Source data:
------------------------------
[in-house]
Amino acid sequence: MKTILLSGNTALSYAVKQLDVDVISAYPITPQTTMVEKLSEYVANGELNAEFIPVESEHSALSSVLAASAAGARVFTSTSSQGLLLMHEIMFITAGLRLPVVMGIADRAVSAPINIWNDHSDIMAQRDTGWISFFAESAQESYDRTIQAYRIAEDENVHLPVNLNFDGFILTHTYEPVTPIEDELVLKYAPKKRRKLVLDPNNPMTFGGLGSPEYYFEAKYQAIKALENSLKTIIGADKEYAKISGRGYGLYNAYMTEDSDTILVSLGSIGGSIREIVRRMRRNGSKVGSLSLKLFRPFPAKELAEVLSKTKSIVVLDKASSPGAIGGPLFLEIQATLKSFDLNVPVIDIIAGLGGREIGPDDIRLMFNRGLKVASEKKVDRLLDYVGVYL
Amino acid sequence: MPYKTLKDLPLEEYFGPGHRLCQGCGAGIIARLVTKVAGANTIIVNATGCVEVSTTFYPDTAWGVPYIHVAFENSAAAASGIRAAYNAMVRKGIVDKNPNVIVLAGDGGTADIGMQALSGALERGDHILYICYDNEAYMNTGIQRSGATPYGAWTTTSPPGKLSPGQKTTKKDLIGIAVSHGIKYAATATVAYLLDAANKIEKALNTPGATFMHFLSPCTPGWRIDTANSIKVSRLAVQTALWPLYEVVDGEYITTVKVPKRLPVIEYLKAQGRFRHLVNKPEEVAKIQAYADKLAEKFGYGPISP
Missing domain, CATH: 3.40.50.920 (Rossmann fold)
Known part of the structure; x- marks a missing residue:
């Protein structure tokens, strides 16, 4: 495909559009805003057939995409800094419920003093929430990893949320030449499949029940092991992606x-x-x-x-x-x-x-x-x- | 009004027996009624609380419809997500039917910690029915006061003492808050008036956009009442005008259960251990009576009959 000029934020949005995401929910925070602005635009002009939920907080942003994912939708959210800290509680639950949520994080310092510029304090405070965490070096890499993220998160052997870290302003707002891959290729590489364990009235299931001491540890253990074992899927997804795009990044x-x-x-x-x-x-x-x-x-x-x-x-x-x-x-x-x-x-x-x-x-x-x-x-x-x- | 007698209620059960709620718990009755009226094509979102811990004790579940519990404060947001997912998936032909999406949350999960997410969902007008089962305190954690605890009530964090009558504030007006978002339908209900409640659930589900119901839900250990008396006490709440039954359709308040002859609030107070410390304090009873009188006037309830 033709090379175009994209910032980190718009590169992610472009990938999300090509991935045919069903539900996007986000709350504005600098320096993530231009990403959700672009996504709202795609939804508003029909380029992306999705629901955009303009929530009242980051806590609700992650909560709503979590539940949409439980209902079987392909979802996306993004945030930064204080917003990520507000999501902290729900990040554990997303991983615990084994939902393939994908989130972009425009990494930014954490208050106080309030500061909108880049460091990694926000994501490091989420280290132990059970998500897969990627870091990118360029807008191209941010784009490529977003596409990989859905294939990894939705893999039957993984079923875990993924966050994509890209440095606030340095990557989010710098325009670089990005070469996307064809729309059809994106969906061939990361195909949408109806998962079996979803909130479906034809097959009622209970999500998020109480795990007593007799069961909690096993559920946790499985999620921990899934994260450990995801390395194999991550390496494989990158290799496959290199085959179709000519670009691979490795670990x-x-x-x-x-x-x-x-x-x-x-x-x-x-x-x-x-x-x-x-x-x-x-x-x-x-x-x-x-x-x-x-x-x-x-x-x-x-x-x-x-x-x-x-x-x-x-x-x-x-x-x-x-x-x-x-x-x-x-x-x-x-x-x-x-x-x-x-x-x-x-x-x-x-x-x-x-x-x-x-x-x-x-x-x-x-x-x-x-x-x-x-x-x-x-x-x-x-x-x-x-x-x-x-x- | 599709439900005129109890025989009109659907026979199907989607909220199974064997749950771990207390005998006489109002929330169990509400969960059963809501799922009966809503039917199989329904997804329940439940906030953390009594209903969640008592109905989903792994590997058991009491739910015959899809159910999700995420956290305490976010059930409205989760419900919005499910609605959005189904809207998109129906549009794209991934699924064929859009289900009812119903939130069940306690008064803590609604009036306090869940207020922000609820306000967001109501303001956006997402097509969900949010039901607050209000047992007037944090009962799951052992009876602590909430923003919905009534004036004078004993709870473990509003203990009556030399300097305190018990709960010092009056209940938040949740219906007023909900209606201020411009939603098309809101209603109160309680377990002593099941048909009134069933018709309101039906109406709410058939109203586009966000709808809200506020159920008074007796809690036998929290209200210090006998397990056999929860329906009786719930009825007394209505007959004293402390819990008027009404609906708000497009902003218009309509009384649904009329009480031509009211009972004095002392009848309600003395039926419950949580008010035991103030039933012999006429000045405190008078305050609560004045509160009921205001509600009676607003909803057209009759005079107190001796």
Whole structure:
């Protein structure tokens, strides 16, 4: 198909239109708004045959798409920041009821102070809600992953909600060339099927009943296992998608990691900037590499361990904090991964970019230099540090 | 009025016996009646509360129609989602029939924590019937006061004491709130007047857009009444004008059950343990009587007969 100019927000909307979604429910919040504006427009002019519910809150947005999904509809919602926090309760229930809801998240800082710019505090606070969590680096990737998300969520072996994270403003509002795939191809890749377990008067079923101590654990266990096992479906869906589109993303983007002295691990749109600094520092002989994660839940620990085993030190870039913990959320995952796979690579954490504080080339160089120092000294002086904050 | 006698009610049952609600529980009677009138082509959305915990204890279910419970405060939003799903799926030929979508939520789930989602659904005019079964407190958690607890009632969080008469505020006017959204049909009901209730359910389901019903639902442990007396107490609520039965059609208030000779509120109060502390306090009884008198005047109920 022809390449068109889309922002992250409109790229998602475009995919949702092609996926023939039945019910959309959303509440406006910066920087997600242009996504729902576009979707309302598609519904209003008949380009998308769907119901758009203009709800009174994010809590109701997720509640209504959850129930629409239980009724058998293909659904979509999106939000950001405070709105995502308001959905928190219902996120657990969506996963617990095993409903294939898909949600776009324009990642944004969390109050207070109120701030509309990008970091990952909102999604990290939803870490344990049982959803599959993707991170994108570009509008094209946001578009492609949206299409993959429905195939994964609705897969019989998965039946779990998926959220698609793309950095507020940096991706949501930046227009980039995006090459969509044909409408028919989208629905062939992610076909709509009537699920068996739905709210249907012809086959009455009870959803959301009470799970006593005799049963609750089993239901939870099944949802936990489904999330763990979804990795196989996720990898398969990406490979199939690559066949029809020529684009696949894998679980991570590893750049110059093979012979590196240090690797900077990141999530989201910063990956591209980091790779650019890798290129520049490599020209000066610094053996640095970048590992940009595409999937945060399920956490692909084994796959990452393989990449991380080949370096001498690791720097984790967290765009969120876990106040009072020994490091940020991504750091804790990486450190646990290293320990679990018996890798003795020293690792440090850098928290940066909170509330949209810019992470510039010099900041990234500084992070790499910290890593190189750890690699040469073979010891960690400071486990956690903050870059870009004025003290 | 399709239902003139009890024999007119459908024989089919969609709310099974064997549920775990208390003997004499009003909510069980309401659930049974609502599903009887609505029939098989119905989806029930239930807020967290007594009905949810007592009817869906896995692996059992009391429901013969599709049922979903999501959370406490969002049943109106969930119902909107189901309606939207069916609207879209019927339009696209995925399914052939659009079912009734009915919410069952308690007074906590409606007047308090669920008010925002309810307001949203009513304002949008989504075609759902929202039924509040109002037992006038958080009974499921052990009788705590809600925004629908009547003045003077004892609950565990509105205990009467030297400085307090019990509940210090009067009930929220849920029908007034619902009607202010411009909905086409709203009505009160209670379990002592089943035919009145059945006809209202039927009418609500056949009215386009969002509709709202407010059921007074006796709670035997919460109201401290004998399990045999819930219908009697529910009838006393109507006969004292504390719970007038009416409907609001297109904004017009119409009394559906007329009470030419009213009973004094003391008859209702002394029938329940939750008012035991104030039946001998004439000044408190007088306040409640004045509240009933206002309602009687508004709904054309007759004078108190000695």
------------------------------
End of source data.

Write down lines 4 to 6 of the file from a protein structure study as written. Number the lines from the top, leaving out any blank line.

Missing domain, CATH: 3.40.50.920 (Rossmann fold)
Known part of the structure; x- marks a missing residue:
């Protein structure tokens, strides 16, 4: 495909559009805003057939995409800094419920003093929430990893949320030449499949029940092991992606x-x-x-x-x-x-x-x-x- | 009004027996009624609380419809997500039917910690029915006061003492808050008036956009009442005008259960251990009576009959 000029934020949005995401929910925070602005635009002009939920907080942003994912939708959210800290509680639950949520994080310092510029304090405070965490070096890499993220998160052997870290302003707002891959290729590489364990009235299931001491540890253990074992899927997804795009990044x-x-x-x-x-x-x-x-x-x-x-x-x-x-x-x-x-x-x-x-x-x-x-x-x-x- | 007698209620059960709620718990009755009226094509979102811990004790579940519990404060947001997912998936032909999406949350999960997410969902007008089962305190954690605890009530964090009558504030007006978002339908209900409640659930589900119901839900250990008396006490709440039954359709308040002859609030107070410390304090009873009188006037309830 033709090379175009994209910032980190718009590169992610472009990938999300090509991935045919069903539900996007986000709350504005600098320096993530231009990403959700672009996504709202795609939804508003029909380029992306999705629901955009303009929530009242980051806590609700992650909560709503979590539940949409439980209902079987392909979802996306993004945030930064204080917003990520507000999501902290729900990040554990997303991983615990084994939902393939994908989130972009425009990494930014954490208050106080309030500061909108880049460091990694926000994501490091989420280290132990059970998500897969990627870091990118360029807008191209941010784009490529977003596409990989859905294939990894939705893999039957993984079923875990993924966050994509890209440095606030340095990557989010710098325009670089990005070469996307064809729309059809994106969906061939990361195909949408109806998962079996979803909130479906034809097959009622209970999500998020109480795990007593007799069961909690096993559920946790499985999620921990899934994260450990995801390395194999991550390496494989990158290799496959290199085959179709000519670009691979490795670990x-x-x-x-x-x-x-x-x-x-x-x-x-x-x-x-x-x-x-x-x-x-x-x-x-x-x-x-x-x-x-x-x-x-x-x-x-x-x-x-x-x-x-x-x-x-x-x-x-x-x-x-x-x-x-x-x-x-x-x-x-x-x-x-x-x-x-x-x-x-x-x-x-x-x-x-x-x-x-x-x-x-x-x-x-x-x-x-x-x-x-x-x-x-x-x-x-x-x-x-x-x-x-x-x- | 599709439900005129109890025989009109659907026979199907989607909220199974064997749950771990207390005998006489109002929330169990509400969960059963809501799922009966809503039917199989329904997804329940439940906030953390009594209903969640008592109905989903792994590997058991009491739910015959899809159910999700995420956290305490976010059930409205989760419900919005499910609605959005189904809207998109129906549009794209991934699924064929859009289900009812119903939130069940306690008064803590609604009036306090869940207020922000609820306000967001109501303001956006997402097509969900949010039901607050209000047992007037944090009962799951052992009876602590909430923003919905009534004036004078004993709870473990509003203990009556030399300097305190018990709960010092009056209940938040949740219906007023909900209606201020411009939603098309809101209603109160309680377990002593099941048909009134069933018709309101039906109406709410058939109203586009966000709808809200506020159920008074007796809690036998929290209200210090006998397990056999929860329906009786719930009825007394209505007959004293402390819990008027009404609906708000497009902003218009309509009384649904009329009480031509009211009972004095002392009848309600003395039926419950949580008010035991103030039933012999006429000045405190008078305050609560004045509160009921205001509600009676607003909803057209009759005079107190001796």